However, we need to introduce automation early in the security lifecycle in order to be effective. We all know that security teams are dealing with a tremendous amount of noise. Jumping to the end of the security lifecycle and using automation to take action – like automating playbooks and automatically sending the latest intelligence to the sensor grid (firewalls, IPS/IDS, routers, web and email security, endpoint, etc.) – can backfire and create more noise. 

One of the best ways to reduce noise is to introduce automation early to accelerate and simplify scoring and prioritization of threat data. Applying an automated scoring framework based on a specific company’s risk levels to filter the intelligence into a manageable subset can reduce the actionable dataset by 95% or more. Now highly skilled resources can focus on what really matters to the organization. They remain engaged and motivated and productivity skyrockets.

3. Humans are our weakest link. Due to the proliferation of personal devices and applications in the workplace, and the belief that the responsibility for security rests solely with the employer, the weakest link in security will continue to be the human element. If we’ve been successful at bridging the gap between people and tools and introducing automation early, security teams will be better armed to proactively hunt for threats. When they find malicious activity, they will be able to apply automation at the end of the security lifecycle with greater confidence and reliability. Automatically updating the sensor grid with the latest intelligence strengthens defenses by orders of magnitude and frees up the team to move on to the next high-priority activity.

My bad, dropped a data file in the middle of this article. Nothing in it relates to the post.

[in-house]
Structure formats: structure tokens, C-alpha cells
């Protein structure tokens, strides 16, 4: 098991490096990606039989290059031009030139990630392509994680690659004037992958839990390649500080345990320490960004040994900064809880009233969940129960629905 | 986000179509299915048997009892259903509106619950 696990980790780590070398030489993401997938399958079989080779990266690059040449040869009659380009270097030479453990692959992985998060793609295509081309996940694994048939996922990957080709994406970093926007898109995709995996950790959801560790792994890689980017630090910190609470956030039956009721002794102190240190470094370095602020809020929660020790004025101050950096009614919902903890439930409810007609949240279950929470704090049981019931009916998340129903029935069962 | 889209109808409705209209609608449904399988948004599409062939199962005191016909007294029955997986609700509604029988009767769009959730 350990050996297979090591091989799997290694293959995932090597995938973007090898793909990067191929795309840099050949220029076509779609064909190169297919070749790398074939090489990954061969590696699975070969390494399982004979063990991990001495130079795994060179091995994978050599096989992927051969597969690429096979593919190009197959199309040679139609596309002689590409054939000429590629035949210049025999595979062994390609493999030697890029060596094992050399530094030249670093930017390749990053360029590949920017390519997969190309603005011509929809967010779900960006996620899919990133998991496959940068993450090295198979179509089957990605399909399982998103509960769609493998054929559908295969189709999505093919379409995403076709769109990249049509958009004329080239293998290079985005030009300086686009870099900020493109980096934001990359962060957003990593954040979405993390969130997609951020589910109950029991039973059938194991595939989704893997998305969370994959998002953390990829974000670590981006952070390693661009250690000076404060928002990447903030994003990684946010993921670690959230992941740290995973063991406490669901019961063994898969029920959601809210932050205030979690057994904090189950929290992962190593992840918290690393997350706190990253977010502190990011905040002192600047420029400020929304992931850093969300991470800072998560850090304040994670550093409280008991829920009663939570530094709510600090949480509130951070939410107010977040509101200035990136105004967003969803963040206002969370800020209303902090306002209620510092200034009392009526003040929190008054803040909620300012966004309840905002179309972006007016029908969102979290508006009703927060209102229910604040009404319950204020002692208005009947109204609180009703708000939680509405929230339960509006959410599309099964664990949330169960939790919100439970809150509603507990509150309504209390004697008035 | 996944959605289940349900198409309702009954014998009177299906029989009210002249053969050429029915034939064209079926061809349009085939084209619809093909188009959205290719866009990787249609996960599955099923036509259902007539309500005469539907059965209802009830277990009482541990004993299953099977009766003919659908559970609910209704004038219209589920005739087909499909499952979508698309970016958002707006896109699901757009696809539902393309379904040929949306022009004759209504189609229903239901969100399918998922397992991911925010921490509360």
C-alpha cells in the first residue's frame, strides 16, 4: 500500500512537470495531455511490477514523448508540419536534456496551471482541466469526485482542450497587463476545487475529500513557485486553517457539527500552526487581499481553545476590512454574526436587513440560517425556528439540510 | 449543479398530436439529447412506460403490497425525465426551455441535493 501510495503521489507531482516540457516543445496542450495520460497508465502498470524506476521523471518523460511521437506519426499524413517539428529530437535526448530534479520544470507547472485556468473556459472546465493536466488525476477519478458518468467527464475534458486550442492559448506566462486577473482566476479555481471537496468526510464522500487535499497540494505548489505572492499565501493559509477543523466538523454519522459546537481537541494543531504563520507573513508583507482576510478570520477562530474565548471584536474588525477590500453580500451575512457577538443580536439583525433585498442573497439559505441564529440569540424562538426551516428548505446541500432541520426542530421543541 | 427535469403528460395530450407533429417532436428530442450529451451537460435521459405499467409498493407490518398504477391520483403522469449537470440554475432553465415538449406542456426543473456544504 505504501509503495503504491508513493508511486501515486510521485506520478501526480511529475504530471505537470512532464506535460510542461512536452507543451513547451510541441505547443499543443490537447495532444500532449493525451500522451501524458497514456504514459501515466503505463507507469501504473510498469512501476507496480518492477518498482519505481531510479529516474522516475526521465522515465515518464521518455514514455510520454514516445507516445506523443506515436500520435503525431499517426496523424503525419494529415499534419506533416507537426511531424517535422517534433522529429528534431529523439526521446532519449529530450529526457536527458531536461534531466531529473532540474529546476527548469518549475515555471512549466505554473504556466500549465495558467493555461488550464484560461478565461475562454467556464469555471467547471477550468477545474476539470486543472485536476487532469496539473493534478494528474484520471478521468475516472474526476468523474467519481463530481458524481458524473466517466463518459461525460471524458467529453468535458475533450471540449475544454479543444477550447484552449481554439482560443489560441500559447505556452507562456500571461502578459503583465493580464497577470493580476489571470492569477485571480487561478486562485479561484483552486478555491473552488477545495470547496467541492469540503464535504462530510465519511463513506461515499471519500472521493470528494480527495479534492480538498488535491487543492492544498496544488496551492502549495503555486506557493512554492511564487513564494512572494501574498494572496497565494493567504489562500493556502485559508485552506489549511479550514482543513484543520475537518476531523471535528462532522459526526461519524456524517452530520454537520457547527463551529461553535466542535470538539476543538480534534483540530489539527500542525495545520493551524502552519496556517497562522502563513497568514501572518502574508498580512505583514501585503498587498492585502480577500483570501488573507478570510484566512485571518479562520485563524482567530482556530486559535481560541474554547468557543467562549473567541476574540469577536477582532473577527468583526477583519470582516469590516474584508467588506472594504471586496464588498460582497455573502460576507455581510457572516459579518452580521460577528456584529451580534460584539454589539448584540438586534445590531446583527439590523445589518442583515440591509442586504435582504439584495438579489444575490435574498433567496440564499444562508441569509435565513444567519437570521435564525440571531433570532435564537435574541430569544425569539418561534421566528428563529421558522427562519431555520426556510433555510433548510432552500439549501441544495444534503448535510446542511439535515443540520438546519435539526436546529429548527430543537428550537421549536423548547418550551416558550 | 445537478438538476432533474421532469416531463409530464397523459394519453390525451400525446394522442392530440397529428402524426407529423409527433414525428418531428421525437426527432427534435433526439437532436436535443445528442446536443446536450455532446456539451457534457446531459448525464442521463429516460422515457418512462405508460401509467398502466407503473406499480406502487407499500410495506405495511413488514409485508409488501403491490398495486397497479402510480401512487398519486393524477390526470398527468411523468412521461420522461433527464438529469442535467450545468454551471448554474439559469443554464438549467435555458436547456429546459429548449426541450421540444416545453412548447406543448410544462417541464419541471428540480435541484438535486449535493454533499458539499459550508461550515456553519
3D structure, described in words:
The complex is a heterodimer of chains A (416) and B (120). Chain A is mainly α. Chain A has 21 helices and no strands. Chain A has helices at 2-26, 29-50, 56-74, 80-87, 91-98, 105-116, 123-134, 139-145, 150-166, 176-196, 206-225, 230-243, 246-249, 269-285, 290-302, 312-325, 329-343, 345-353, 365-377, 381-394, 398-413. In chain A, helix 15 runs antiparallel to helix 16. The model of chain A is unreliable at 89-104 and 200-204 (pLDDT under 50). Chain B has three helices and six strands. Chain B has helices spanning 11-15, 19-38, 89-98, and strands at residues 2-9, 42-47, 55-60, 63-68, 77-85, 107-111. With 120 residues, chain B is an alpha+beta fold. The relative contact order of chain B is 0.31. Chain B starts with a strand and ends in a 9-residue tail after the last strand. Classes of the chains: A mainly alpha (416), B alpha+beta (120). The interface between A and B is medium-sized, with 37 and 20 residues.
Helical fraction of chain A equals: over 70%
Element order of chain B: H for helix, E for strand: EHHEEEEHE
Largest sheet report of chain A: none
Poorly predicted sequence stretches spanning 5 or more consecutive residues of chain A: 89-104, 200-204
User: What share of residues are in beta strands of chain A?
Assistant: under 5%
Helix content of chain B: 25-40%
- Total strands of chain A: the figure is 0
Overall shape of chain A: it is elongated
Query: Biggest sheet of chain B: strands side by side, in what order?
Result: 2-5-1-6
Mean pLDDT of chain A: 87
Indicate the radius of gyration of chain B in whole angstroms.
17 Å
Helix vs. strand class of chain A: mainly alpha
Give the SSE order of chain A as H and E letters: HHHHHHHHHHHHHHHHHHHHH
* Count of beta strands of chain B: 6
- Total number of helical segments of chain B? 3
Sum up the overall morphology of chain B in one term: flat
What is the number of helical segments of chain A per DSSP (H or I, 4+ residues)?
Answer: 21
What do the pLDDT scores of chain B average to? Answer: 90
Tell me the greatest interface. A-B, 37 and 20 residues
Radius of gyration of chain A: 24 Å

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At the same time, we need to redouble our efforts on education to help individuals understand the risk they can unwittingly introduce to the organization, and their role in helping to mitigate. According to SANS, focus training to address the top three human risks: phishing/social engineering attacks, passwords and accidents due to lack of awareness and technology complexity. To truly change behavior, SANS advises going beyond annual computer-based training and continuously train and reinforce key concepts year-round through additional methods, including guest speakers, ambassador programs, games, infographics and newsletters. 

When you’re at RSAC next week remember the “Human Element” is a great lens through which you can view and help assess the value of companies you partner with for security. As you attend sessions and walk the floor, take note of those you believe do and don’t do a good job of helping the people on the front lines who are working to make the world more secure. There’s ample opportunity for every security vendor to support the human element. When more of the industry does their part, we all win. 

Written By

Marc Solomon is Chief Marketing Officer at ThreatQuotient. He has a strong track record driving growth and building teams for fast growing security companies, resulting in several successful liquidity events. Prior to ThreatQuotient he served as VP of Security Marketing for Cisco following its $2.7 billion acquisition of Sourcefire. While at Sourcefire, Marc served as CMO and SVP of Products. He has also held leadership positions at Fiberlink MaaS360 (acquired by IBM), McAfee (acquired by Intel), Everdream (acquired by Dell), Deloitte Consulting and HP. Marc also serves as an Advisor to a number of technology companies.